Poor results with pyrocarbon implants

Pyrolytic carbon arthroplasty (PCA) has a high incidence of complications, poor outcomes, and variable patient satisfaction at long-term follow-up, according to Thomas M. Sweets, MD, and should not be recommended for treatment of osteoarthritis of the proximal interphalangeal (PIP) joint.

The results of a retrospective review conducted by Dr. Sweets and fellow researcher, Peter J. Stern, MD, found that patients who had received PCA of the PIP joint had decreased range of motion (ROM), lower functional scores, and increased pain in the operated hand compared to the contralateral hand after an average 55-month follow-up. The 17 patients in the study had a diagnosis of primary osteoarthritis, and all surgeries were performed by a single surgeon prior to October 2007.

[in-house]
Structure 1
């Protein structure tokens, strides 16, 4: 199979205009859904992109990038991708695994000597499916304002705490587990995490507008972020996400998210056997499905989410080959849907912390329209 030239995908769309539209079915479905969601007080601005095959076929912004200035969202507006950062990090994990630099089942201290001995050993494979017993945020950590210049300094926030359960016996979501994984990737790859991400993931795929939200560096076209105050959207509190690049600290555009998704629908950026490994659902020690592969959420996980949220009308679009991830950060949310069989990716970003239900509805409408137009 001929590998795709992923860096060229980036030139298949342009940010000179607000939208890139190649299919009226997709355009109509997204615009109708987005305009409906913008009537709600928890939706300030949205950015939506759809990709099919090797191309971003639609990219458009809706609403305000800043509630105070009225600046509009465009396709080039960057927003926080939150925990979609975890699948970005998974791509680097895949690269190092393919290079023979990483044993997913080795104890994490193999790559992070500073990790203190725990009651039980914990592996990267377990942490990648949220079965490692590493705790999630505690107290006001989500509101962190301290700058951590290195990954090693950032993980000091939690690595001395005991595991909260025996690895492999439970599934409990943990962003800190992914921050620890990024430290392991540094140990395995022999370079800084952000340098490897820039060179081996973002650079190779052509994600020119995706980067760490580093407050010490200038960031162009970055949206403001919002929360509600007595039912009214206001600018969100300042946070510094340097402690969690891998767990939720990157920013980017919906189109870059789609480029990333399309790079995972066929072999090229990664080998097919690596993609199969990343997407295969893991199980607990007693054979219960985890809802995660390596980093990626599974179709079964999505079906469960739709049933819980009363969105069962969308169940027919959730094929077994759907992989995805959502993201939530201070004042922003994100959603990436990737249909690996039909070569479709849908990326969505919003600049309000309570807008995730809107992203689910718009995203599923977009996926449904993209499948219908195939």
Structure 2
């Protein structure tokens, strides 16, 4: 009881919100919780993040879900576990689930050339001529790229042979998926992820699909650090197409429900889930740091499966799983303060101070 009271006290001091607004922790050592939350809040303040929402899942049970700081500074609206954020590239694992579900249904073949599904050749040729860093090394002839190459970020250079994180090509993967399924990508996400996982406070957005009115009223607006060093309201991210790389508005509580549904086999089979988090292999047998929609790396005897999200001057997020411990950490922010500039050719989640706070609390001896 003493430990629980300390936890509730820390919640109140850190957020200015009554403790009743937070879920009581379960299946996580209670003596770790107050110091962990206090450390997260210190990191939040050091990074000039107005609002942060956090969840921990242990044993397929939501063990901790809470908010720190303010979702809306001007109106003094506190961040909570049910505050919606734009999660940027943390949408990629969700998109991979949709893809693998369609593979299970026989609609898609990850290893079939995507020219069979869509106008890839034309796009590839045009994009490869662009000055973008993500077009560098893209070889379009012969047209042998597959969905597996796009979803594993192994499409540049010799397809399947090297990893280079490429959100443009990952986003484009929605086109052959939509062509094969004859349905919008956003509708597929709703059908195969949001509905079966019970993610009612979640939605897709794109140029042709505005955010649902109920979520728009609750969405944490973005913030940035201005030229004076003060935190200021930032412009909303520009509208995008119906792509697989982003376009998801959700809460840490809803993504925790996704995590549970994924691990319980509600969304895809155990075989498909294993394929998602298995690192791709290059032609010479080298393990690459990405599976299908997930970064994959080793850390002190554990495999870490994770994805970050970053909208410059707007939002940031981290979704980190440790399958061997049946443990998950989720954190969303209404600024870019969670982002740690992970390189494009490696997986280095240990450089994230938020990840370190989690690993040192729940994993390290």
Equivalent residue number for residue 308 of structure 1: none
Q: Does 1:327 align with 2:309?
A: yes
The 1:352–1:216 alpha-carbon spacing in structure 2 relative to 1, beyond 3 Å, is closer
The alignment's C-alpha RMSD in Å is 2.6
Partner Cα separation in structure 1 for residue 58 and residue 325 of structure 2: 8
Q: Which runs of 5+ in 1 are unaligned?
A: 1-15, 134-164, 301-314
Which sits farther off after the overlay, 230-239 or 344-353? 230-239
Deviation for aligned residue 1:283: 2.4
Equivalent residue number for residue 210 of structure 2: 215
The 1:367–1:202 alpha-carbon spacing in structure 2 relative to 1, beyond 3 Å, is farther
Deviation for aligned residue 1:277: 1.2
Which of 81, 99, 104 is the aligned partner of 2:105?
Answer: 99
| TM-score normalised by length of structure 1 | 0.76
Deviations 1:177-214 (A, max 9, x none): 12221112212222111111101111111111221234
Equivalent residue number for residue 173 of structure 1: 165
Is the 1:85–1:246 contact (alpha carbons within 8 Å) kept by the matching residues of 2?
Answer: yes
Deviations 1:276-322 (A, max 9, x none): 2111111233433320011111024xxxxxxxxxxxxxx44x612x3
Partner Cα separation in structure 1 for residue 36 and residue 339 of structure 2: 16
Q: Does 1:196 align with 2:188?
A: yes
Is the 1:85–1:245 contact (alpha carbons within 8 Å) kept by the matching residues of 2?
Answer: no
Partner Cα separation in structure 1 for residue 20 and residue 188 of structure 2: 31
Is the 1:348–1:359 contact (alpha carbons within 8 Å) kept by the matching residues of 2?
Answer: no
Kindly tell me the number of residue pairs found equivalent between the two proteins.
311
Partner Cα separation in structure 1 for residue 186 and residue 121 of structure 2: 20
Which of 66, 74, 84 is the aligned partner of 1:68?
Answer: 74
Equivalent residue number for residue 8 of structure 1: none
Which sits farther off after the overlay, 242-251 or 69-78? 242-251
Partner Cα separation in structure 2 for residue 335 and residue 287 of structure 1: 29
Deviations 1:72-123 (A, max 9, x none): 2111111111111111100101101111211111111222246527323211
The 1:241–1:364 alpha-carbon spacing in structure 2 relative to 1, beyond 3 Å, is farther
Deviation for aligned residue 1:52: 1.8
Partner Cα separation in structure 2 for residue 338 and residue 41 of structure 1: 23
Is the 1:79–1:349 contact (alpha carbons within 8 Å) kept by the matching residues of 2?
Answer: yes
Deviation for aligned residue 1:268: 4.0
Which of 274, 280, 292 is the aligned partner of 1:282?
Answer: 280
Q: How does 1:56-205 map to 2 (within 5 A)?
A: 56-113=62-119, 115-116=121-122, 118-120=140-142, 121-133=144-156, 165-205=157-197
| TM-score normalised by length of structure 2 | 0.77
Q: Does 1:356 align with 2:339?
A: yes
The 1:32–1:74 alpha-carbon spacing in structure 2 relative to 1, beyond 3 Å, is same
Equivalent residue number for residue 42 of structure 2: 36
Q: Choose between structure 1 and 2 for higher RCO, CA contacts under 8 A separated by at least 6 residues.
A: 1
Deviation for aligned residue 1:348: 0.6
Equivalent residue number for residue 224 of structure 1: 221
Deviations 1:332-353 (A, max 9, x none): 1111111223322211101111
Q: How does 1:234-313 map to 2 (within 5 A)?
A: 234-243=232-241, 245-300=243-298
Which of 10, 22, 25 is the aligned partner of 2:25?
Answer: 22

The average age at surgery was 64 years, and 30 of the 31 joints belonged to women. Implants had been placed in 7 index fingers, 14 long fingers, 8 ring fingers, and 2 small fingers. All patients had preoperative coronal angulation less than 20 degrees, adequate bone stock, and intact collateral ligaments.

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